The United States Department of Veteran Affairs estimates that up to 20% of veterans from the post-9/11 Iraq and Afghanistan wars suffer from Post Traumatic
Stress Disorder.PTSD is a mental health disorder that can develop after exposure to a traumatic event from their past; this can be an actual or near
threat of death, serious injury, sexual violence, car collisions or warfare.The list is very long for what can cause it, and the symptoms of PTSD can
include racing or intrusive thoughts, uncontrollable flashbacks of the event causing sufferers to effectively relive the trauma, inducing or in tandem
with severe anxiety, nightmares, aggression, and depression or despondency.

Besides visual triggers from the pop of the firework that results in flashing lights, triggers can also include smell (like spent powder) or auditory sensory,
such as the explosion of fireworks or even the escalating shriek of a bottle rocket, which may unnervingly remind a veteran of the sound of an incoming
mortar. PTSD can be so strong that someone suffering from it can literally lose their sense of where they are, what they’re doing, or what span of
time they’re living in.

Per the National Center for Veterans Analysis and Statistics, Washington has just shy of 604,000 veterans as of 2014, which is a population saturation
surpassed only a handful of other states.This number does not include our current military members and those deployed overseas.

This is not a new issue, and has been documented as early as the Vietnam era, as our Armed Forces tried to reacclimatize to life after war, only to find
that treatment offered at the time wasn’t effective enough. PTSD was introduced in the third edition of the Diagnostical and Statistical Manual of
Mental Health Disorders in 1980, and was considered controversial at the time, but made huge leaps in addressing gaps in treatment for military members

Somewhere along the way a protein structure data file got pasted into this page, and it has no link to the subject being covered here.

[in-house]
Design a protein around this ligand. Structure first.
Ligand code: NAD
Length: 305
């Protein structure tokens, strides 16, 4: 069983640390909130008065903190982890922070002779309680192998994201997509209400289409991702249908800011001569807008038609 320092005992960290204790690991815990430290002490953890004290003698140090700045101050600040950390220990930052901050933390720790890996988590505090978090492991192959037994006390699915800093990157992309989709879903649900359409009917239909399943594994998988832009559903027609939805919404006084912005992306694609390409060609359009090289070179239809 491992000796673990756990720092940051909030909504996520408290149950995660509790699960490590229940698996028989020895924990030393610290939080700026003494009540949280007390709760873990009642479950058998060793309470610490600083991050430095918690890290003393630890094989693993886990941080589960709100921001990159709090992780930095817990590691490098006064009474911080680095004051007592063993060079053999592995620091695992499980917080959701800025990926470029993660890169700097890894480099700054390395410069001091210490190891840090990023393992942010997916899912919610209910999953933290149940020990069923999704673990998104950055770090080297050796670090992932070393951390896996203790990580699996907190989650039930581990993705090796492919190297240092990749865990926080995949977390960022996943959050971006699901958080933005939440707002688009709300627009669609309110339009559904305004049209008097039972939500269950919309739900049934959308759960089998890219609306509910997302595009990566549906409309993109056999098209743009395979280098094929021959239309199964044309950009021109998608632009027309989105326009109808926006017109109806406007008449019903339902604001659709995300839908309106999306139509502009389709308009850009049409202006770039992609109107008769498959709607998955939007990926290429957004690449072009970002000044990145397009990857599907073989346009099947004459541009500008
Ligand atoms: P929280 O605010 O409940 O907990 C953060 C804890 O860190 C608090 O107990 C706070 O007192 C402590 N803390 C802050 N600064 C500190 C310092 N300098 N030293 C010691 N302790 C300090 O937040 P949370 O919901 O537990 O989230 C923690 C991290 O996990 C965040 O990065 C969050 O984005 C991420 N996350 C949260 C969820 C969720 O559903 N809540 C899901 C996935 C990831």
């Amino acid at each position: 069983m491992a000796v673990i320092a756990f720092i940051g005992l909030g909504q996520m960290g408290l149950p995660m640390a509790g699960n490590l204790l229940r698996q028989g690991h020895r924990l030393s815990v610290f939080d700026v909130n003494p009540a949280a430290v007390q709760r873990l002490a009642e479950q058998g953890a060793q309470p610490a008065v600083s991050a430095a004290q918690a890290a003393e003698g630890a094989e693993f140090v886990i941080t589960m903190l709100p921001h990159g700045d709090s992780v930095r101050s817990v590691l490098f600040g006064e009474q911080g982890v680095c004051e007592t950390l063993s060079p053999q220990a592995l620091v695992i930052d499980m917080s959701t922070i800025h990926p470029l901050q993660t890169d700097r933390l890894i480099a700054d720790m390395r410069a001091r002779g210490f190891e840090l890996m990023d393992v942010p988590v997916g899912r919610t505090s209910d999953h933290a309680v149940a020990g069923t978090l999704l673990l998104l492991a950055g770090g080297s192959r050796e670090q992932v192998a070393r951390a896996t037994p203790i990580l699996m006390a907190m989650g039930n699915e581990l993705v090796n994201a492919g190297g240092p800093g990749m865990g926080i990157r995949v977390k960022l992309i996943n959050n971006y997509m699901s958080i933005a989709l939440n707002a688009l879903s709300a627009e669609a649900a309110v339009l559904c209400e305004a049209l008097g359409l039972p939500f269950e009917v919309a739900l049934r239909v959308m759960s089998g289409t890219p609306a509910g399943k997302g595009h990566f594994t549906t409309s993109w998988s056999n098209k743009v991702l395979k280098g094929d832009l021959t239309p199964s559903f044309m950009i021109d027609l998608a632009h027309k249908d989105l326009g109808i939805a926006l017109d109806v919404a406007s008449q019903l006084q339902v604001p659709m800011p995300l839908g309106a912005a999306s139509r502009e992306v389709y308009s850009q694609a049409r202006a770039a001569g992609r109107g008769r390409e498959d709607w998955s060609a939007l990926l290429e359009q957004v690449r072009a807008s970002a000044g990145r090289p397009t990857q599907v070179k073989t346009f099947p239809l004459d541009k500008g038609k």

as well as the general populace.

While many who are affected and know they may need extra space could be heading off to rural areas this Independence Day, those just returning from combat
may not have had a triggering experience or know that they’re suffering from the condition.We all know to be mindful of our neighbors when it comes
to things like fireworks or get-togethers, but if you personally know someone, in passing or in friendship, please let them know in advance that you
plan on setting them off.

Additionally, there is a movement underway that’s gaining popularity which takes the guesswork out of the equation. There are signs available to military
members, made of red ,white and blue and posted in their lawns which reads, “Combat Veteran Lives Here. Please be courteous with fireworks”. Those
who support the movement stress that this doesn’t mean you cannot light off fireworks, it just means that at the very least, those men and women who
fought for our country deserve a warning.If they need to mentally prepare or leave the area, advance notice will prepare them for it.

Fireworks are illegal within the city limits of Everett, but that doesn’t stop many from using them, or using them early in the season. If you need to
report illegal activity, please call 425-407-3999. Please be considerate of all laws, safety measures, the heightened fire risk currently, and of your